Melt Yourself Down – Melt Yourself Down: Round 51, Nick’s choice

mydAnd so back to normal proceedings, and Rob’s house, where we haven’t been for a while due to babies and things.

Sans theme I thought I’d take along something new from 2013 – it’s been a pretty good year thus far, with plenty of records I’ve really enjoyed, but I feel like I’ve barely played anything from the current crop at Record Club. Most of them are quite long though – These New Puritans is 53 minutes, Holden is 75, John Hopkins is 60, Boards Of Canada is 62 – and with all four of us bringing albums again, and a baby in the house, I wanted to take something relatively brief. Luckily the debut album by Melt Yourself Down is only 36 minutes… (Even if those minutes are extraordinarily rambunctious.)

I reviewed this record for The Quietus the other week, so I shan’t repeat myself too much by going into the make-up of the band or how individual songs work; suffice to say that Melt Yourself Down is, at heart, a dance record, a party record – despite liking a lot of ‘dance’ records this year (like the aforementioned Hopkins and Holden), it’s this group of live-action (if you will) postpunk afrobeat jazzers who make me want to dance the most, who seem to have the most physically compelling batch of beats.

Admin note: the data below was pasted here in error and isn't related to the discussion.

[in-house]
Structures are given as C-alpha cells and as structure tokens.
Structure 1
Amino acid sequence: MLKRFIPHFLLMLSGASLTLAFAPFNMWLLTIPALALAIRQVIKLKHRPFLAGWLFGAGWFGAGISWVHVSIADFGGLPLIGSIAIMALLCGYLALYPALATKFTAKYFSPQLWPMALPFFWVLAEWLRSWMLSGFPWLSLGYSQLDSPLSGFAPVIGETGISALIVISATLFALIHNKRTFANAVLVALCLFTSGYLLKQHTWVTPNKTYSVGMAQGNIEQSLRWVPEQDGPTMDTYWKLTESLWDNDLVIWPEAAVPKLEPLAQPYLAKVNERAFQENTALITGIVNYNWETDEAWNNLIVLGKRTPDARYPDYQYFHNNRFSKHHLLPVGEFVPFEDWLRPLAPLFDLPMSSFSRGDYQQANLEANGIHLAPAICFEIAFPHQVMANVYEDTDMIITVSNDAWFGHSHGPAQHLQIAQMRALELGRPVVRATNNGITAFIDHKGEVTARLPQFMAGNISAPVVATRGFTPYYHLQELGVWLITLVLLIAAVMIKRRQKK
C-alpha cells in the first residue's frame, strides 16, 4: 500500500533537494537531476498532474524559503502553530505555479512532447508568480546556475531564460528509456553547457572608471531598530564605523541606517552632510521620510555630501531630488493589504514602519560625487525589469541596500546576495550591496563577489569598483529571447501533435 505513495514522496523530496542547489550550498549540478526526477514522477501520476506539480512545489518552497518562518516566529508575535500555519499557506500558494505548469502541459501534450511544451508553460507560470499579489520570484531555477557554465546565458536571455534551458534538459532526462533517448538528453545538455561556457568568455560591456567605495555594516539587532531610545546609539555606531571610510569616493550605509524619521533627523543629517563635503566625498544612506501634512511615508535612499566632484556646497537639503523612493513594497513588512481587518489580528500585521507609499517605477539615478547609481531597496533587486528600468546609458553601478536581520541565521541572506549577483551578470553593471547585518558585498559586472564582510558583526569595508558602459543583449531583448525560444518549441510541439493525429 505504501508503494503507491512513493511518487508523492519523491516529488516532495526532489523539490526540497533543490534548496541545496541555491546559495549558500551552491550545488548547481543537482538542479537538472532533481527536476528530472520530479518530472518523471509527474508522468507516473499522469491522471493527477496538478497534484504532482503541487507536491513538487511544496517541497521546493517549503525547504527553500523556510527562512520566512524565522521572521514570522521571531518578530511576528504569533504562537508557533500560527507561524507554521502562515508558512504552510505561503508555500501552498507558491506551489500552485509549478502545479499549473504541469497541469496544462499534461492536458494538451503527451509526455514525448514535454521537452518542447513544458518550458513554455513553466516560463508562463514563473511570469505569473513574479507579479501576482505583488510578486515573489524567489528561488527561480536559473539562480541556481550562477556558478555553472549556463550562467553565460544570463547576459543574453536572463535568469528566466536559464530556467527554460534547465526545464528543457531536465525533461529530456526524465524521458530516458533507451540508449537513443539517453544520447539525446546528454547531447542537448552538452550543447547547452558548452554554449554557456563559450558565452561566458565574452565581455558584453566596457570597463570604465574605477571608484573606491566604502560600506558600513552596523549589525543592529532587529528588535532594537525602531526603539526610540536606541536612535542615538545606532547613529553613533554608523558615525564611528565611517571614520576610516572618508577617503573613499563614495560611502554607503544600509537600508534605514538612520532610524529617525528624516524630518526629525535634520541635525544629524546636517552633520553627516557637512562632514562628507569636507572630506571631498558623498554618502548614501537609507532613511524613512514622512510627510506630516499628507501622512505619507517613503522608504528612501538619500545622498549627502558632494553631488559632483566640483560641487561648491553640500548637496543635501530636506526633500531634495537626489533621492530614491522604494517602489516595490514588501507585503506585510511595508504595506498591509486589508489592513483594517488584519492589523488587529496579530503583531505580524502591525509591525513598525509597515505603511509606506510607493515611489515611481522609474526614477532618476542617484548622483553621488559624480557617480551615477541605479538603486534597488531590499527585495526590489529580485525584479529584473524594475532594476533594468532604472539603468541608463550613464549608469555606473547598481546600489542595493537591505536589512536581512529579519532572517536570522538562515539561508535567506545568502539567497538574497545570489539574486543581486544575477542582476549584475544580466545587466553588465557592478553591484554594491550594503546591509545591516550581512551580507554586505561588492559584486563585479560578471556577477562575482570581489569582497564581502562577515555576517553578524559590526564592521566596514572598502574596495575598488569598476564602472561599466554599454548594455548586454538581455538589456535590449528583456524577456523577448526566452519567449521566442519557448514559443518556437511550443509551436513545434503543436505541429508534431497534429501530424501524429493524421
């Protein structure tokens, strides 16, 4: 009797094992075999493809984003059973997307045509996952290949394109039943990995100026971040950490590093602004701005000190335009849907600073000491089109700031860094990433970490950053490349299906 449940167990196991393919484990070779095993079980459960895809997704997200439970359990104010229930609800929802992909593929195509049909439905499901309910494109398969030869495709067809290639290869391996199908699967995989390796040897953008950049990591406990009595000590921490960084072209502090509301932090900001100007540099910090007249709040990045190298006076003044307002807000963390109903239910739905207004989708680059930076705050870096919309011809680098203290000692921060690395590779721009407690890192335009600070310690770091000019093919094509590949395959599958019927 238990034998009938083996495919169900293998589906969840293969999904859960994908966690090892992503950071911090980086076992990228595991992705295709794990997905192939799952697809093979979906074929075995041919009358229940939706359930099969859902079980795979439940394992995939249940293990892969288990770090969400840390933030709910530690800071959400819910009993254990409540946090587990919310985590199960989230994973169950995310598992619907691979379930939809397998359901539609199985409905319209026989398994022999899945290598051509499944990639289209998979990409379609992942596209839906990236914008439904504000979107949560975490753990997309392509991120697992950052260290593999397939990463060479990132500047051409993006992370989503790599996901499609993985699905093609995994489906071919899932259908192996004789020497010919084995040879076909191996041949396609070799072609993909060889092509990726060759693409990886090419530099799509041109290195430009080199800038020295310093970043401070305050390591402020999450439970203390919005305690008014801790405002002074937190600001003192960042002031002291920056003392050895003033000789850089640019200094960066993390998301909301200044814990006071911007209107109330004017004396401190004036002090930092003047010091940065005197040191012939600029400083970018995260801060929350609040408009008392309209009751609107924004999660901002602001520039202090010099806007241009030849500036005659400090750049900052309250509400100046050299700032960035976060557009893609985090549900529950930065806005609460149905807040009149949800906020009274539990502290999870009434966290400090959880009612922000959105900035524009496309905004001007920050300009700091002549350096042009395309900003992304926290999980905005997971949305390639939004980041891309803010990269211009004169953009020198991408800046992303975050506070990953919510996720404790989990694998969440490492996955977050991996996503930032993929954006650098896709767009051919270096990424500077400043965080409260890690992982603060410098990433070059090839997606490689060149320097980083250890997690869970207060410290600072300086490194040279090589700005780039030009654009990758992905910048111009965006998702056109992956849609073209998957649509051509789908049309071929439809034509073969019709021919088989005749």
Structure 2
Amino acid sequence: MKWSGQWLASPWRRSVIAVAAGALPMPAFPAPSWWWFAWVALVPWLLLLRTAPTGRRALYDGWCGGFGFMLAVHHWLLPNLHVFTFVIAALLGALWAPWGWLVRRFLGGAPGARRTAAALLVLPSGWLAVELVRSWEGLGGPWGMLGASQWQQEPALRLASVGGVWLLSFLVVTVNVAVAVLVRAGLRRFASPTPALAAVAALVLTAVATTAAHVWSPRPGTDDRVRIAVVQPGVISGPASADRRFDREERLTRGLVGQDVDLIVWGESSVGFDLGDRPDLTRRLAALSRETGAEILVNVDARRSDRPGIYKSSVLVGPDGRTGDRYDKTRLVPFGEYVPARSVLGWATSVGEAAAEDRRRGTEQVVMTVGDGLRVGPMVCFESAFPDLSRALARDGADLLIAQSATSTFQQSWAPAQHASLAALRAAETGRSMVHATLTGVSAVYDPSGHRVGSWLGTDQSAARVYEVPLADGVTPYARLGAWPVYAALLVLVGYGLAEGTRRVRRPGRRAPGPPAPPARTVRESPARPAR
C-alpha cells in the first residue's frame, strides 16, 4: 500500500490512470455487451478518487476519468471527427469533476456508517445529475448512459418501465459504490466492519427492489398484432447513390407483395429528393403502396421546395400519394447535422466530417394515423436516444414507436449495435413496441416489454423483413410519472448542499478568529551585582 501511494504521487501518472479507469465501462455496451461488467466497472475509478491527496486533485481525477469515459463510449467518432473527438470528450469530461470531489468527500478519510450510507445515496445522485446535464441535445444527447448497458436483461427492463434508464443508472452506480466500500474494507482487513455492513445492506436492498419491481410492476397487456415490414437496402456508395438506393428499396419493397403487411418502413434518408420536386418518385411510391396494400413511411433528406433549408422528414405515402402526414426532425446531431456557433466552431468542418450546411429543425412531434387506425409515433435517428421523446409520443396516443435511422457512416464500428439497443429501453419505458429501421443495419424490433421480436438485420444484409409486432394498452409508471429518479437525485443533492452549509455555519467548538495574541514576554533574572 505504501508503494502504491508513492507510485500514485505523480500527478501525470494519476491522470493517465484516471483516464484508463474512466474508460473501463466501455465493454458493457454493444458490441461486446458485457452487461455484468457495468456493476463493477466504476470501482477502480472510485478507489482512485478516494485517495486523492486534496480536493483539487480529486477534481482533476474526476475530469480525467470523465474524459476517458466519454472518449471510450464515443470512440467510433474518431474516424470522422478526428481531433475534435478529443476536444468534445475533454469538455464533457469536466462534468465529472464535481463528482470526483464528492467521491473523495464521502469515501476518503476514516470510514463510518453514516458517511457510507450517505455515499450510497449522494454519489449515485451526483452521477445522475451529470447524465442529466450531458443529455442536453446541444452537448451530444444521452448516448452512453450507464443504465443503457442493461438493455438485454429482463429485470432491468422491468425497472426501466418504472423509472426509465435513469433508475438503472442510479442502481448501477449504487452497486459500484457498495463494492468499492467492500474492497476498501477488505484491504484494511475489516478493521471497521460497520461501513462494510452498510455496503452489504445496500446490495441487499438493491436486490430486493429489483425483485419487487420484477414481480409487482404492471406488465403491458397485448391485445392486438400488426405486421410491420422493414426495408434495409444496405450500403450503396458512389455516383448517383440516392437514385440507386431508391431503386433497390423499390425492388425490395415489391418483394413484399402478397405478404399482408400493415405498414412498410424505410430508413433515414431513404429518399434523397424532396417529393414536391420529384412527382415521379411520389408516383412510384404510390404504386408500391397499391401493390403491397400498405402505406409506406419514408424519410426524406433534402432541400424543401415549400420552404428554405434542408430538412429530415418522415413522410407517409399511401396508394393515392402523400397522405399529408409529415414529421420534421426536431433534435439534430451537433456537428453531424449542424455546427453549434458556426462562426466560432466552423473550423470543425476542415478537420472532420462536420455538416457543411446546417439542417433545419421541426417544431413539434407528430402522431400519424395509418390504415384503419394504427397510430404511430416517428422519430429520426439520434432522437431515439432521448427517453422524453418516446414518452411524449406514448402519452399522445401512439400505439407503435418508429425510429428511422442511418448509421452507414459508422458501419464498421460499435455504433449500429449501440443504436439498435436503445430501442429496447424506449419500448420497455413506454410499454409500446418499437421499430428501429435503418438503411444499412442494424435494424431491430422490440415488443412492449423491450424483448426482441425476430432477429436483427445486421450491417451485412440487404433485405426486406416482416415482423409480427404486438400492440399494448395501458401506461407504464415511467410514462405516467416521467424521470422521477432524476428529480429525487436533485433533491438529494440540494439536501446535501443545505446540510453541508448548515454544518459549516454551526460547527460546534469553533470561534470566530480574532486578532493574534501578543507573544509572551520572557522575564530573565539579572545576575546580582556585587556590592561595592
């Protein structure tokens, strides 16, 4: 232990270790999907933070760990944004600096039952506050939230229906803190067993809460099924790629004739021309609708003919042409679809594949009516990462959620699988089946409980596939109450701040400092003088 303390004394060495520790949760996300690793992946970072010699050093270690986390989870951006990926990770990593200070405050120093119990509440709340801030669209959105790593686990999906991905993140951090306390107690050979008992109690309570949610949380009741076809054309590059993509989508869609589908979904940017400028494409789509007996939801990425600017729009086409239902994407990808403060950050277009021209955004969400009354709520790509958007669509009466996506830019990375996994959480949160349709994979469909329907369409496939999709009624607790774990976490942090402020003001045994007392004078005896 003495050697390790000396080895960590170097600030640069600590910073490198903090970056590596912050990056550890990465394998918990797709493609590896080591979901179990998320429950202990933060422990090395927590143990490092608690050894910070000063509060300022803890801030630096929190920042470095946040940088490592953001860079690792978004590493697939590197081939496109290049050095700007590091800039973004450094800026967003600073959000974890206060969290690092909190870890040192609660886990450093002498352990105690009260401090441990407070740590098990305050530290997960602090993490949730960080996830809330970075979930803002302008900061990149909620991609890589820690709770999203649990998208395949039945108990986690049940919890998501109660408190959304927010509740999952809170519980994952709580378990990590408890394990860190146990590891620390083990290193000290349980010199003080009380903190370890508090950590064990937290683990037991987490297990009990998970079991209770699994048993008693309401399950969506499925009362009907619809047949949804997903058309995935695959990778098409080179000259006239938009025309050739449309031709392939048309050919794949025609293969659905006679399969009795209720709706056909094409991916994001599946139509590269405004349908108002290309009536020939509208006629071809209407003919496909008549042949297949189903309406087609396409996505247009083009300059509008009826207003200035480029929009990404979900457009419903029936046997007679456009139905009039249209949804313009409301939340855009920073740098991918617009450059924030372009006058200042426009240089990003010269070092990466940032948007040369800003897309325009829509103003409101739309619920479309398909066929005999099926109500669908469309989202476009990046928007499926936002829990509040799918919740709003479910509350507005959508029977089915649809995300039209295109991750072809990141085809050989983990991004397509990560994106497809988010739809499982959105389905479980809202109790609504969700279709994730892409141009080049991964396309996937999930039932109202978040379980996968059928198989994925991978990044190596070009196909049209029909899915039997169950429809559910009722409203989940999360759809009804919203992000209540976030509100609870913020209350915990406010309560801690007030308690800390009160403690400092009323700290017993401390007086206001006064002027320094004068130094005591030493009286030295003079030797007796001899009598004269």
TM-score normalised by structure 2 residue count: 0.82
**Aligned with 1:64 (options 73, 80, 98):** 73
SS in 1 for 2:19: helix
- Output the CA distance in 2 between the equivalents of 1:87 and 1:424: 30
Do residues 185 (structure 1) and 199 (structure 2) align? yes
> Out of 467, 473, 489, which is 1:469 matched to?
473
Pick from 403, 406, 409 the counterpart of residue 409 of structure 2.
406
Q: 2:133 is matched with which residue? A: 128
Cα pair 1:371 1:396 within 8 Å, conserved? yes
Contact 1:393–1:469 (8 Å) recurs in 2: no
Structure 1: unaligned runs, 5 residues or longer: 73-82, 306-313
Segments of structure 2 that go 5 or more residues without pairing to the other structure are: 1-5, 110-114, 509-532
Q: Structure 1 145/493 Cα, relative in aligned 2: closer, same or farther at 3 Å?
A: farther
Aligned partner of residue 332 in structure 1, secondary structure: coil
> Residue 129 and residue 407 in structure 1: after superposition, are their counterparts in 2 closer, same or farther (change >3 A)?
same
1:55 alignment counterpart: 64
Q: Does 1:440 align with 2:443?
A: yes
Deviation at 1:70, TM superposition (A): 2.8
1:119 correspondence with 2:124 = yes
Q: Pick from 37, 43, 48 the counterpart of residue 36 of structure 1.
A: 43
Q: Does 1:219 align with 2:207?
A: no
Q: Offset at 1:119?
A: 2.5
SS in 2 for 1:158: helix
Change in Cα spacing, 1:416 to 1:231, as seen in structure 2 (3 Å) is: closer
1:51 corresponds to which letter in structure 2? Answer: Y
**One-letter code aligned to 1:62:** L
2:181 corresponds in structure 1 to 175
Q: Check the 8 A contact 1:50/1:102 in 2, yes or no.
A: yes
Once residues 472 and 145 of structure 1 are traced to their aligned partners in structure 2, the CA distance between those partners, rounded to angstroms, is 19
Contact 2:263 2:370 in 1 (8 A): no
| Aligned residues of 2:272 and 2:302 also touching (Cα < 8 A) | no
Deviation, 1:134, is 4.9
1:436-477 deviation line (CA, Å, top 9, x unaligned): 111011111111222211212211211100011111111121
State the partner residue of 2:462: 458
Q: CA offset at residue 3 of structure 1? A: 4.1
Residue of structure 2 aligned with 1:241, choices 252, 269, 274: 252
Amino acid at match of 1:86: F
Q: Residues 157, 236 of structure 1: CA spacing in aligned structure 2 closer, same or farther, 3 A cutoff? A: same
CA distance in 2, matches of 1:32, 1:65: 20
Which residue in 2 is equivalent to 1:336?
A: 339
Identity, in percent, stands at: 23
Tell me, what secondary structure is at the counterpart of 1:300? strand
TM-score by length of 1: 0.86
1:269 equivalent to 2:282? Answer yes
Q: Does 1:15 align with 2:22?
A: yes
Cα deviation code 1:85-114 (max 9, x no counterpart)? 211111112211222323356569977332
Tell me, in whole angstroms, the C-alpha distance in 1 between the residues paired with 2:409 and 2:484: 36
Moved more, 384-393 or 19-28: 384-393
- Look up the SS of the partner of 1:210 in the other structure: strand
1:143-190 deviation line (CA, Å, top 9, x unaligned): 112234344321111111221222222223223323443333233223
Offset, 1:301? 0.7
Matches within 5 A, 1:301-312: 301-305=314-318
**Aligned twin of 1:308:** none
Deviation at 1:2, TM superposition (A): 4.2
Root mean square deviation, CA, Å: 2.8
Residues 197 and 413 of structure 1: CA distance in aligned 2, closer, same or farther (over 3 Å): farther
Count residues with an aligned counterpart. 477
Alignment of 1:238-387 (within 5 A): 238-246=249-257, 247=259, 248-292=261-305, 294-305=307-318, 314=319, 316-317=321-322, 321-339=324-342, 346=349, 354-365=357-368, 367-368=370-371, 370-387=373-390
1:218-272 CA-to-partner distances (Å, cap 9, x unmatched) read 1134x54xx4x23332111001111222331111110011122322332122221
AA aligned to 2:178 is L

Good as those beats are, they’re not quite the stars of the show. Partly this is because Pete Wareham is in this band, and thus hyperactive, riffing-not-soloing saxophone is upfront and centre, twisting down audaciously catchy routes, and partly it’s because of Kushal Gaya’s frankly nuts vocals, which take in French, English, Creole, and made-up-stuff. But mostly it’s because of Ruth Goller’s outrageous basslines, which drive Melt Yourself Down with irresistible momentum, oftentimes forcing Wareham’s saxophone to merely mimic their own rhythmic patterns.

You can hear all sorts in Melt Yourself Down’s DNA – no-wave sax punk, Morphine, Acoustic Ladyland, Mulatu Astatke, Fela Kuti, electric Miles, and far more besides – so much that one could almost dismiss them as just being an amalgamation of their (admittedly myriad, and awesome) influences. Except that Melt Yourself Down also have the tunes. Boy, have they got the tunes. Amazing fun.